A proposal to create a whale sanctuary in the southern Atlantic lacked “scientific backing,” Japan said yesterday after leading the charge to scupper the plan at an international meeting.
“Japan carries out whaling on scientific grounds,” Shigehito Numata, of the Japanese Fisheries Agency’s whaling section, said. “The proposal lacked scientific backing.”
Japan and its allies on Monday shot down the Latin American-led suggestion at the International Whaling Commission (IWC) in Panama, reigniting international tensions over Tokyo’s whaling program.
However, Numata said the Japanese government had no regrets.
“We consider the defeat was appropriate,” he said.
The IWC, which has long been torn by disputes, fell into familiar divisions just hours after officials opened the main session of their week-long annual meeting in Panama City.
Argentina, Brazil, South Africa and Uruguay put forward a proposal to declare the southern Atlantic a no-kill zone for whales, a largely symbolic measure as no whaling currently takes place there.
Thirty-eight countries voted in favor and 21 voted against, with two abstentions. Under the rules of the Commission, proposals need 75 percent support for approval.
In the wake of the vote, objections were raised about the make-up of the “no” camp, with Japanese financial aid seen as the prime motivation for some countries to raise objections to the plan.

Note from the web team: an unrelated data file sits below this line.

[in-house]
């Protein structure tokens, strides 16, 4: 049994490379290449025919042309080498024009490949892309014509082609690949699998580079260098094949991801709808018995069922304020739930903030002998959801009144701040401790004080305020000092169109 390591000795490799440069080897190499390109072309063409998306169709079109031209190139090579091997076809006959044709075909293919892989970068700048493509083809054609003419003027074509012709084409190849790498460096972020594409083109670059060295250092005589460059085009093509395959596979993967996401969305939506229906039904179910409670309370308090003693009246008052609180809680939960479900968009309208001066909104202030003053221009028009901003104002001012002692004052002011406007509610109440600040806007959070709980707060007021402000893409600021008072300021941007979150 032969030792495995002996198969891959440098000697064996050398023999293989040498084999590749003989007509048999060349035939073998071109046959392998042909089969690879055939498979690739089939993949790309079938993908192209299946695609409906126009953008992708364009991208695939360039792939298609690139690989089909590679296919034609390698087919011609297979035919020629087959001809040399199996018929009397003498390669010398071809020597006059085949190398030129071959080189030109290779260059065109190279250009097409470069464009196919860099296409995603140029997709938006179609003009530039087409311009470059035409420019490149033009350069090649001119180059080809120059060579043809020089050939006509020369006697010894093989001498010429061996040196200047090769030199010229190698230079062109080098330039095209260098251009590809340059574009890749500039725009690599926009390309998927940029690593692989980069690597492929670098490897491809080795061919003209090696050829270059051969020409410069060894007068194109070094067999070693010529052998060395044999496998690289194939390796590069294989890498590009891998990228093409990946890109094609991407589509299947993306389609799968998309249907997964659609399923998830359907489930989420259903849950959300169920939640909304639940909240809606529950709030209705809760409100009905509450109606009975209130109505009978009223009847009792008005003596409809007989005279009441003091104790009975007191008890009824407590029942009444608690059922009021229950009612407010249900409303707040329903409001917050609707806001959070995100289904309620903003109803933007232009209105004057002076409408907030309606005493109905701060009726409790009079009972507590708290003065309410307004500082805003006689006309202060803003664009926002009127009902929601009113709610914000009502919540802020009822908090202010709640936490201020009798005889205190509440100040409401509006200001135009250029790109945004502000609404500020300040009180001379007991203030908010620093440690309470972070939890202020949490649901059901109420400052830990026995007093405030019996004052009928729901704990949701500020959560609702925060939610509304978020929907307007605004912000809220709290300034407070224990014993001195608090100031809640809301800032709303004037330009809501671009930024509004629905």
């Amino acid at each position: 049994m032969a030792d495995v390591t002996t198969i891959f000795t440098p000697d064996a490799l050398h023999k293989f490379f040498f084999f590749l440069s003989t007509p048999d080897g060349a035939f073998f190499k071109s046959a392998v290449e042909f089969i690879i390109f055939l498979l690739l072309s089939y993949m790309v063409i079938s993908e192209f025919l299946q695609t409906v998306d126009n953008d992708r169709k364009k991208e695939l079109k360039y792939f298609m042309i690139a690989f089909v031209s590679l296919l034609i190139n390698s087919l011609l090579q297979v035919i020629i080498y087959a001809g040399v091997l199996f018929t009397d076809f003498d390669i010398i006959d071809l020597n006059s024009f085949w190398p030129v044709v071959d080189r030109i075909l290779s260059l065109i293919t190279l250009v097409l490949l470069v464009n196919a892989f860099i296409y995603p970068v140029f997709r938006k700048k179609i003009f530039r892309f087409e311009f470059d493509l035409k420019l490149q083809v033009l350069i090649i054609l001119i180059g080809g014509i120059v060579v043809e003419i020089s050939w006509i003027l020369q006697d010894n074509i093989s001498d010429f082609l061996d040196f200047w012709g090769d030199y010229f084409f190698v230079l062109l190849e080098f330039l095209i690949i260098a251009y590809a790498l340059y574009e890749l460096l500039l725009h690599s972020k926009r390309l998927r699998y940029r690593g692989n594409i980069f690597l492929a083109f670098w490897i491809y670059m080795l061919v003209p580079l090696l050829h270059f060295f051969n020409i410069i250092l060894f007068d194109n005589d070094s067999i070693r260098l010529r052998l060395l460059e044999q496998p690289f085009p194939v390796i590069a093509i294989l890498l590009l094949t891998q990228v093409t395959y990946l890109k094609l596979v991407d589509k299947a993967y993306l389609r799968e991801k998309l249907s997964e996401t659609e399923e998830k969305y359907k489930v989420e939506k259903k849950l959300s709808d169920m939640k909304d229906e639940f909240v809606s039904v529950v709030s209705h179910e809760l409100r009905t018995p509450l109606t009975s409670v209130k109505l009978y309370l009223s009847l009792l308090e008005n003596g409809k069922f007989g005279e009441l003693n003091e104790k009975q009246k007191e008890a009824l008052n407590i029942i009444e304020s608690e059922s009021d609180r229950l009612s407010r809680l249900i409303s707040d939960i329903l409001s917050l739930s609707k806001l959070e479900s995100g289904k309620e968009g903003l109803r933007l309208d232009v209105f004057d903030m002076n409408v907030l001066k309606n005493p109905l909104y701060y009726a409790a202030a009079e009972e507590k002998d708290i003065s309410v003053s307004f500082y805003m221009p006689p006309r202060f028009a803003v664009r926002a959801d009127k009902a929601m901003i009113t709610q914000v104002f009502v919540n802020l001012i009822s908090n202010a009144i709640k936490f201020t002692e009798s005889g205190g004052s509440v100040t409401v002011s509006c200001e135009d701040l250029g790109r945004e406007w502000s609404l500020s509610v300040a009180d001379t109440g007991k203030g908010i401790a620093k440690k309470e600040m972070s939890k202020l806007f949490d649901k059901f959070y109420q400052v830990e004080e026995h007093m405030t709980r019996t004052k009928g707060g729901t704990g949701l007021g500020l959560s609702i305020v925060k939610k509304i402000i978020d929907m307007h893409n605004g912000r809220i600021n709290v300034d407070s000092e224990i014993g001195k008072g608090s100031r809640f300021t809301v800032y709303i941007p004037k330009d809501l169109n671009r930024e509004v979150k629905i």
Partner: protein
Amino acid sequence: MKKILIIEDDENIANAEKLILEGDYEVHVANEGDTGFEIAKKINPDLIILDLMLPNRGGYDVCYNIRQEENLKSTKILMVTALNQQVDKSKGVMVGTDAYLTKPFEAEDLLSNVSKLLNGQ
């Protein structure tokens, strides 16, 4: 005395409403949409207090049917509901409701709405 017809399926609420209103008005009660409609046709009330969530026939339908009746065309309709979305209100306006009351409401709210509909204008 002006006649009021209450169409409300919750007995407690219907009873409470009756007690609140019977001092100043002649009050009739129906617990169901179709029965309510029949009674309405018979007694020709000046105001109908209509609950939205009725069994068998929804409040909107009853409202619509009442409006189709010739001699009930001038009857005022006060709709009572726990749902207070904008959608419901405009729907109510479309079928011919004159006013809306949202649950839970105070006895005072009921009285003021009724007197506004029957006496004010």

“You can’t really believe that Nauru or Tuvalu has an interest or has studied the sanctuary. They are voting because Japan tells them to,” Jose Truda Palazzo from Brazil’s non-governmental Cetacean Conservation Center said.
Truda Palazzo spearheaded the proposal when he was Brazil’s representative to the IWC.
However, Numata said Tokyo’s allies in the vote had made up their minds on the issues.
“We believe those nations cast votes from the perspective of sustainable use of marine resources,” Numata said.
Each year, Japanese whalers kill hundreds of the huge mammals in Antarctic waters that are already considered a sanctuary, infuriating Australia and New Zealand, where whale-watching is a lucrative industry.
Japan says it is technically abiding by a 1986 moratorium on commercial whaling as its activities are for research.
The IWC allows lethal science on the ocean giants, with the meat then going to consumption.
Norway and Iceland are the only countries that openly defy the commercial whaling moratorium, although their hunts are confined to nearby waters. The two countries also voted against the proposed Atlantic sanctuary.
Japan argues that whaling is part of its culture and accuses Western nations of insensitivity.